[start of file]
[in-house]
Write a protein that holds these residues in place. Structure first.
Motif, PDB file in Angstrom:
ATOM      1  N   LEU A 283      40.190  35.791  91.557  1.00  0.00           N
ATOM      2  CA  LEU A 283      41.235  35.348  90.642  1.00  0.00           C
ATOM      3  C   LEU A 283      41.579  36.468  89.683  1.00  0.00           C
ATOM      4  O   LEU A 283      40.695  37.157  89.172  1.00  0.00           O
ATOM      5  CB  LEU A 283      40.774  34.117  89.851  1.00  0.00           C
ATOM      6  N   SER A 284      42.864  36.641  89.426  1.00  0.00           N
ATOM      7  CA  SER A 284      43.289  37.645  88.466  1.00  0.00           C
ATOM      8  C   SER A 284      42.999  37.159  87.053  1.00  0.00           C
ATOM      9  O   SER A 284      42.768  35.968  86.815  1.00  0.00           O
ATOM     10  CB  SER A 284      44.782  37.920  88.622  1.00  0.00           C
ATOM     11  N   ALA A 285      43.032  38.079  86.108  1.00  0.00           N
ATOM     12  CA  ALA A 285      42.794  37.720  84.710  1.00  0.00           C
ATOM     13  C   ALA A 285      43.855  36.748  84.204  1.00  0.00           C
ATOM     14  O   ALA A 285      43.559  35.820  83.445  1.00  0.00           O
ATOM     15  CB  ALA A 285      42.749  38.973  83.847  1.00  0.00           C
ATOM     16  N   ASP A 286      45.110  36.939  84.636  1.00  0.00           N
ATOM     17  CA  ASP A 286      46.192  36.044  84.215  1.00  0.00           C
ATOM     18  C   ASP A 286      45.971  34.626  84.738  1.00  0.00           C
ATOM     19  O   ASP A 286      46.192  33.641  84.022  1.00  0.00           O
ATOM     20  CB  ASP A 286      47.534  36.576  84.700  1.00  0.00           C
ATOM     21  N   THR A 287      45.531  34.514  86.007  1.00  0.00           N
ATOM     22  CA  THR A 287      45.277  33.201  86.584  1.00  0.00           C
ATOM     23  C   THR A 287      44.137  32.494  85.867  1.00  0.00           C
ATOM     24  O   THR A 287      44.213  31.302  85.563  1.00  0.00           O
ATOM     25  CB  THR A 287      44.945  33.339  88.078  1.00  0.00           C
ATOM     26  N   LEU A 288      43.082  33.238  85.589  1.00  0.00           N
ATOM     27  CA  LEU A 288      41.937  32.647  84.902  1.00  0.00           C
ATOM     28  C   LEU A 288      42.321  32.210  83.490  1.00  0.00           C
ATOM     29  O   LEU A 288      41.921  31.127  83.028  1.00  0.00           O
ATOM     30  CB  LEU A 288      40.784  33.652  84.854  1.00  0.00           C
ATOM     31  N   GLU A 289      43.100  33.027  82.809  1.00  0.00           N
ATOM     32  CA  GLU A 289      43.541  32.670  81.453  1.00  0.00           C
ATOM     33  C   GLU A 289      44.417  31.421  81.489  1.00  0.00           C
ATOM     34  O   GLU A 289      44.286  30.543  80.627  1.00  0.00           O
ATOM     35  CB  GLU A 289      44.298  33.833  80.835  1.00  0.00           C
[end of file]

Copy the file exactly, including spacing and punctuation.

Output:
[in-house]
Write a protein that holds these residues in place. Structure first.
Motif, PDB file in Angstrom:
ATOM      1  N   LEU A 283      40.190  35.791  91.557  1.00  0.00           N
ATOM      2  CA  LEU A 283      41.235  35.348  90.642  1.00  0.00           C
ATOM      3  C   LEU A 283      41.579  36.468  89.683  1.00  0.00           C
ATOM      4  O   LEU A 283      40.695  37.157  89.172  1.00  0.00           O
ATOM      5  CB  LEU A 283      40.774  34.117  89.851  1.00  0.00           C
ATOM      6  N   SER A 284      42.864  36.641  89.426  1.00  0.00           N
ATOM      7  CA  SER A 284      43.289  37.645  88.466  1.00  0.00           C
ATOM      8  C   SER A 284      42.999  37.159  87.053  1.00  0.00           C
ATOM      9  O   SER A 284      42.768  35.968  86.815  1.00  0.00           O
ATOM     10  CB  SER A 284      44.782  37.920  88.622  1.00  0.00           C
ATOM     11  N   ALA A 285      43.032  38.079  86.108  1.00  0.00           N
ATOM     12  CA  ALA A 285      42.794  37.720  84.710  1.00  0.00           C
ATOM     13  C   ALA A 285      43.855  36.748  84.204  1.00  0.00           C
ATOM     14  O   ALA A 285      43.559  35.820  83.445  1.00  0.00           O
ATOM     15  CB  ALA A 285      42.749  38.973  83.847  1.00  0.00           C
ATOM     16  N   ASP A 286      45.110  36.939  84.636  1.00  0.00           N
ATOM     17  CA  ASP A 286      46.192  36.044  84.215  1.00  0.00           C
ATOM     18  C   ASP A 286      45.971  34.626  84.738  1.00  0.00           C
ATOM     19  O   ASP A 286      46.192  33.641  84.022  1.00  0.00           O
ATOM     20  CB  ASP A 286      47.534  36.576  84.700  1.00  0.00           C
ATOM     21  N   THR A 287      45.531  34.514  86.007  1.00  0.00           N
ATOM     22  CA  THR A 287      45.277  33.201  86.584  1.00  0.00           C
ATOM     23  C   THR A 287      44.137  32.494  85.867  1.00  0.00           C
ATOM     24  O   THR A 287      44.213  31.302  85.563  1.00  0.00           O
ATOM     25  CB  THR A 287      44.945  33.339  88.078  1.00  0.00           C
ATOM     26  N   LEU A 288      43.082  33.238  85.589  1.00  0.00           N
ATOM     27  CA  LEU A 288      41.937  32.647  84.902  1.00  0.00           C
ATOM     28  C   LEU A 288      42.321  32.210  83.490  1.00  0.00           C
ATOM     29  O   LEU A 288      41.921  31.127  83.028  1.00  0.00           O
ATOM     30  CB  LEU A 288      40.784  33.652  84.854  1.00  0.00           C
ATOM     31  N   GLU A 289      43.100  33.027  82.809  1.00  0.00           N
ATOM     32  CA  GLU A 289      43.541  32.670  81.453  1.00  0.00           C
ATOM     33  C   GLU A 289      44.417  31.421  81.489  1.00  0.00           C
ATOM     34  O   GLU A 289      44.286  30.543  80.627  1.00  0.00           O
ATOM     35  CB  GLU A 289      44.298  33.833  80.835  1.00  0.00           C